Breaking The Stigma Surrounding West Virginia K-12 Education

Growing up as a student who experienced all of their education in West Virginia, I had not necessarily realized that there was a stigma (or stereotype) toward Appalachia education and toward those who are educated in Appalachia. The idea was foreign to me until I listened to a professor say to my class that students educated in this state typically come to college lacking any ability to take tests, notes or even effectively write because the teachers have failed them. I kid you not, he told me that this applied to virtually all of us. I, being a product of the West Virginia school system my entire life, could not have disagreed anymore. Furthermore, I felt the statement disregarded the passion that the educators in this state have for education.

Harrison County teachers during the 2018 strike:

Kolby Alonso

 

I believe those who have had no experience or encounters with K-12 education resort to statistics to form their opinion on the education system. While the state is ranked 42nd in primary and secondary education in the U.S., it is understandable for someone to form a negative opinion of the state’s education system, but it is widely unfair to say that teachers have failed students. Again and again, the educators in this state have put students and future generations before themselves, particularly in recent years.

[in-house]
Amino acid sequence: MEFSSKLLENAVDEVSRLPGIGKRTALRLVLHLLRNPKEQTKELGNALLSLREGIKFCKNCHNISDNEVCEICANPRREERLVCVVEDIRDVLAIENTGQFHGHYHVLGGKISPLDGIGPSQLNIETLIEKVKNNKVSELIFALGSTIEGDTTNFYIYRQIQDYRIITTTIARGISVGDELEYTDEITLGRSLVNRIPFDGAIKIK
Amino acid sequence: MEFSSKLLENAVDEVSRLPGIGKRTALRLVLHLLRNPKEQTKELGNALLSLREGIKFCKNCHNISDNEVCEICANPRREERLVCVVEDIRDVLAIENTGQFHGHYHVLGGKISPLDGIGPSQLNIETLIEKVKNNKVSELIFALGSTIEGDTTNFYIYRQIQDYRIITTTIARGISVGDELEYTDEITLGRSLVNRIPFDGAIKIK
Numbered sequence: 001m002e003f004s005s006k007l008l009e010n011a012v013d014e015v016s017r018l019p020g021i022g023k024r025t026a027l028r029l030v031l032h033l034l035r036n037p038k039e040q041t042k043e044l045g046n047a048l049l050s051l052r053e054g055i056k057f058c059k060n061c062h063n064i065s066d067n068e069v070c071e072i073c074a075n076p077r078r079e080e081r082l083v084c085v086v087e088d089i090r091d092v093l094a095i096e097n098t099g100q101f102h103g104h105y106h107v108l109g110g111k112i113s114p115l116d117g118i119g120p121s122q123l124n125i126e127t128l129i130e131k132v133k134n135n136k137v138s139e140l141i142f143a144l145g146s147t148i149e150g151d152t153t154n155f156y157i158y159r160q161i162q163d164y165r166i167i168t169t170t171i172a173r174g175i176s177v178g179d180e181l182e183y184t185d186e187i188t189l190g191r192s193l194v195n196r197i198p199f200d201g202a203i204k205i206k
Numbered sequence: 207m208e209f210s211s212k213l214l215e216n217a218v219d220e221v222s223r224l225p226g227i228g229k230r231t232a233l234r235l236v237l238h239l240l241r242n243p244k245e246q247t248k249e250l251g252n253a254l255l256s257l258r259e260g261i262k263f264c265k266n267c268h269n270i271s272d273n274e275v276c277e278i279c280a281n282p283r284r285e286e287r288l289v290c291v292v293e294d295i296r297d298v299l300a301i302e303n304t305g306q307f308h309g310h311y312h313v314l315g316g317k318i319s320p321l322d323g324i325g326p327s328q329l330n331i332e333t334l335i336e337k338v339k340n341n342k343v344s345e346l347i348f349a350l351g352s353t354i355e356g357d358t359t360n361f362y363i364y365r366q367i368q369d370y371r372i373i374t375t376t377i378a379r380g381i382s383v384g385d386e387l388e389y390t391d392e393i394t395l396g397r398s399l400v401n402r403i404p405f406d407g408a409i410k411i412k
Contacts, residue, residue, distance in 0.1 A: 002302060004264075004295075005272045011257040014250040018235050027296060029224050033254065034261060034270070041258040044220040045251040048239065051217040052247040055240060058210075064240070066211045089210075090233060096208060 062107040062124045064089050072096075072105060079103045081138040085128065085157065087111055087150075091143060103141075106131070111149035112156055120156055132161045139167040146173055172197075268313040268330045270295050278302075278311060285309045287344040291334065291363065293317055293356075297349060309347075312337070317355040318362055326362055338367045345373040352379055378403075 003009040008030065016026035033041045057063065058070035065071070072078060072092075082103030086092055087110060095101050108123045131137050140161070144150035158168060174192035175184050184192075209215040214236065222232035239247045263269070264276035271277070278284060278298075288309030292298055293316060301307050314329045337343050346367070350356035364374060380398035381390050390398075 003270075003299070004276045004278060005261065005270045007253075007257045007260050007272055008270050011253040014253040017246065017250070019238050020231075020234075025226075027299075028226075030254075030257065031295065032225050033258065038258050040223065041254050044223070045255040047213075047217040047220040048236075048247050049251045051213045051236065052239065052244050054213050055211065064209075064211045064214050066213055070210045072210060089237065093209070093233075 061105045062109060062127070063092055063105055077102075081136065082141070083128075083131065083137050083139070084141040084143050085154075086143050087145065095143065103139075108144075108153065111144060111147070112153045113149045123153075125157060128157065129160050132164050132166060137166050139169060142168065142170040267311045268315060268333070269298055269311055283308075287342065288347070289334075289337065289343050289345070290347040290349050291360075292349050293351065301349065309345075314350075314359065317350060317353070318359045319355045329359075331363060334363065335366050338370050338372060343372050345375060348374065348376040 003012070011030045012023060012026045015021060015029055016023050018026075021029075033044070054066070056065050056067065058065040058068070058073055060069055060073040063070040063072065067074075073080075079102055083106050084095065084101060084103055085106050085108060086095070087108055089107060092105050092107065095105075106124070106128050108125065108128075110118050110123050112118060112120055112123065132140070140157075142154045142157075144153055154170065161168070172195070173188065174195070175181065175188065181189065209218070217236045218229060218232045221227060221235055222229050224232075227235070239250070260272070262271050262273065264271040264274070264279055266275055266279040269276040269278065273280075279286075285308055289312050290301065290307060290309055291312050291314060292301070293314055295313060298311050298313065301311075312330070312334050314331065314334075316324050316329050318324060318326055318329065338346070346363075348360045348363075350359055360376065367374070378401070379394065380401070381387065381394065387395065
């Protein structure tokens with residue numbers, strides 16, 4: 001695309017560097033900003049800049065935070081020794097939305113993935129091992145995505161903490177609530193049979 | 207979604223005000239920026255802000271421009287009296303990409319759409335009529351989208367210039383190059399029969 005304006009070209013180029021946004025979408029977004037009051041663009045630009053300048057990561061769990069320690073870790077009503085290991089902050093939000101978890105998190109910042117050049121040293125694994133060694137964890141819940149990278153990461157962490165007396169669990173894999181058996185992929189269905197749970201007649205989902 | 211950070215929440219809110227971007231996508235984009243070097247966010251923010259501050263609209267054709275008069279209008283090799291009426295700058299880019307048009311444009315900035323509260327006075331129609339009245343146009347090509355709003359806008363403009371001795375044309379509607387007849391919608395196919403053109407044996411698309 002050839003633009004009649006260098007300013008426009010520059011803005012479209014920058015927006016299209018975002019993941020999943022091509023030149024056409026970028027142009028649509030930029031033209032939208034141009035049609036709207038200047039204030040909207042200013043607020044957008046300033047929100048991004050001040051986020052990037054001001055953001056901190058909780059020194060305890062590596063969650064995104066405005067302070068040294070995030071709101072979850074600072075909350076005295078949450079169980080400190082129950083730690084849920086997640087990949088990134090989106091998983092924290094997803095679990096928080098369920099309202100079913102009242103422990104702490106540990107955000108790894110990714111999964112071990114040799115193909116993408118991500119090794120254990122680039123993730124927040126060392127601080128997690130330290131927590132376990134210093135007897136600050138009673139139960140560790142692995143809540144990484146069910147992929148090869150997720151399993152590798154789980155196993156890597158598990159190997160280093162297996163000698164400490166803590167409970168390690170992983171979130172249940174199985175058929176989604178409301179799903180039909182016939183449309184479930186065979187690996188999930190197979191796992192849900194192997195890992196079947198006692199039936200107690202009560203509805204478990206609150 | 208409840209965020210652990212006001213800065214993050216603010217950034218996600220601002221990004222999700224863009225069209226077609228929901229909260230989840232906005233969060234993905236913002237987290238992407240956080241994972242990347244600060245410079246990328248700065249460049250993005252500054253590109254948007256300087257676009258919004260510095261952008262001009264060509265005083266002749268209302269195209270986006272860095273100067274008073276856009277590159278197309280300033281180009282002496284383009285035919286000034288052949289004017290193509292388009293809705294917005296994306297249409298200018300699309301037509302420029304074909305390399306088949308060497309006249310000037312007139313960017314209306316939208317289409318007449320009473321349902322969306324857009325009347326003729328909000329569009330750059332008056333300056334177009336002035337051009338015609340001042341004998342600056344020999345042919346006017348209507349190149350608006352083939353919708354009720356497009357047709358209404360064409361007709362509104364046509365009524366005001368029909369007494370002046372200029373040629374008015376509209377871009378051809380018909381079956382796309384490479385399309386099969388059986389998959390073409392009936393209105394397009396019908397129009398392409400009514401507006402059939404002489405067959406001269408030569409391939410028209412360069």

It is no secret that West Virginia educators are vocal about the things that they believe in and they displayed this during the teacher strikes during 2018 and 2019; one would have thought after the first strike, the state legislature would have realized that West Virginia teachers are not ones to let things go by quietly. Having been a senior during the first strike, I remember several “hush hush” conversations between teachers leading up to the actual strike, but no one was sure if it was going to actually happen. To clarify, halting the education process was not something that our teachers wanted to do, but they knew that it was something that they had to do.

 

For those who are unaware of why teachers went on strike, to briefly state, they were fighting for a 5% pay raise to supplement the increase in health care costs that had occurred in preceding years. Not only were they fighting for themselves, but for the educators that will eventually follow in their footsteps. More than 20,000 teachers and public school employees were involved in this strike and their efforts were inspirational to school systems in other states as well. Soon after our teachers went on strike, teachers in Oklahoma, Colorado and Arizona began their fight as well. 

#55Strong started a movement and made a statement that we must respect our educators. In my opinion, this should be a concept that is easy to understand because they are the ones who are molding today’s youth. I am nothing but thankful and proud to have been educated by the most passionate and hardworking men and women this state has to offer because they made sure that I was not only prepared for college, but also for life after high school in general. 

 

 

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Edited by Madison Greer